The first threshold and test
At this point, our hero would be beset with trials and danger that they need to overcome. Usually this would be seen at the earlier part of the story. This stage would usually help our hero decide to embark on the journey.
Frodo’s first ordeal was surviving the Ringwraiths in their flight to escape from the Shire and eventually meeting Strider up to the formation of the Fellowship with Frodo accepting the most dangerous of task of destroying the One Ring (Tolkien The Lord of the Rings: Fellowship of the Rings).
Harry on the other hand, his journey and entrance to Hogwarts and undergoing the House selection process seems to be his first obstacle that he needed to overcome (Rowling).
The innermost cave is usually the part where our hero nearly reaches the climax of the adventure. This is what he needs to overcome first before reaching the grand battle or completion of his quest.
Frodo’s innermost cave would be the hardship and trials experienced (Tolkien. The Lord of the Rings: The Two Towers) upon reaching Mount Doom with emphasis on the cave entrance guarded by the giant spider Shelob, Our hero would not be able to perform this feat if it was not for the support of his companion Sam (Tolkien The Lord of the Rings: Return of the King).
For Harry, finding the true identity of his enemy Voldemort in the personality of one of his professors, Professor Quirrel, and the trouble of going into his lair. With the help of his loyal friends they were able to reach it and come face to face with the enemy (Rowling).
At this stage our hero have reached the climax of the adventure. This is usually the great battle with the evil enemy, the great big boss.
For Frodo it was a battle within himself. The hardest thing that Frodo ever did was to cause the destruction of the One Ring and fighting the temptation of having supreme power. His attachment to the ring may very well bring the ultimate evil back to their land. At this stage it was evident our hero lost since he decided to keep this power but its destruction was brought about by another character, Gollum, who was also tempted to the Ring. Their struggle for ownership resulted in the destruction of the Ring along with Gollum (Tolkien The Lord of the Rings: Return of the King).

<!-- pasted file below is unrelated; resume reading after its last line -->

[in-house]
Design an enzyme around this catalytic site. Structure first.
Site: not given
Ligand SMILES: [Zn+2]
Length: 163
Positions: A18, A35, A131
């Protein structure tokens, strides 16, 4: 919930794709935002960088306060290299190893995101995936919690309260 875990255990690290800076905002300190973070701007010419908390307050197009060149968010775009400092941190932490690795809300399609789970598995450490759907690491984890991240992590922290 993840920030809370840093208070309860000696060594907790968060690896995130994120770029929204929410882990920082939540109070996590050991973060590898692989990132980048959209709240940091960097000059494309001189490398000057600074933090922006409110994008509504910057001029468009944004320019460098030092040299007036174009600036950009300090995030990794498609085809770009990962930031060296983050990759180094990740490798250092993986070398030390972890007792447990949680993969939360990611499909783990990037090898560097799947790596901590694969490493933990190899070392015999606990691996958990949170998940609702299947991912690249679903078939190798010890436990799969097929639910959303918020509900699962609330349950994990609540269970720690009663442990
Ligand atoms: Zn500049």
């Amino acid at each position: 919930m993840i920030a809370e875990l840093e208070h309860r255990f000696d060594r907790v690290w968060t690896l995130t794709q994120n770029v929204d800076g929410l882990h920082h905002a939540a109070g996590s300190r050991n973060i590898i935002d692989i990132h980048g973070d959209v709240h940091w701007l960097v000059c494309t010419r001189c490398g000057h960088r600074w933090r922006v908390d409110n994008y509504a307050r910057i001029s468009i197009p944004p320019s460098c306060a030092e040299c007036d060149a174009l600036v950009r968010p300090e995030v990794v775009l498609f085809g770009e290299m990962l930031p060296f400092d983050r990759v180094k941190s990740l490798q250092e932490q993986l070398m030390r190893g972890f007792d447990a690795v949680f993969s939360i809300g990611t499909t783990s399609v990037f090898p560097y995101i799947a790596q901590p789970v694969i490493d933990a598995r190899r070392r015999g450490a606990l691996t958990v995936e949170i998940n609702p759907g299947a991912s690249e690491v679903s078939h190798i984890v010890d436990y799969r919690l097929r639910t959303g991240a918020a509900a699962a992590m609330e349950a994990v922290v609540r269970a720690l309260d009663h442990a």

Harry’s ordeal was his confrontation with Voldemort, using the body of Professor Quirrel, and surviving his first encounter with the arch-fiend since his parents died. The curse of the lightning scar proved to be his ultimate protection agains the arch-fiend and his friends were able to rescue him in time (Rowling).
Hero seizes the sword
The ultimate knowledge, weapon or artifact is obtained by the hero. But this “sword” does not always mean something beneficial as with the case of Frodo.
Frodo’s “sword” was something he lost, a part of him was destroyed along with the ring since he was reluctant to part with it and completion of his mission was by chance an accident. Having the resolve to overcome his addiction of the ring and rehabilitate his Uncle Bilbo became his motivation. (Tolkien The Lord of the Rings: Return of the King).
For Harry it was vindication, a magical experience and the resolve to become more powerful to defend not only himself but his friends from his nemesis next attack since it was confirmed that was not the last they have seen of Voldemort (Rowling).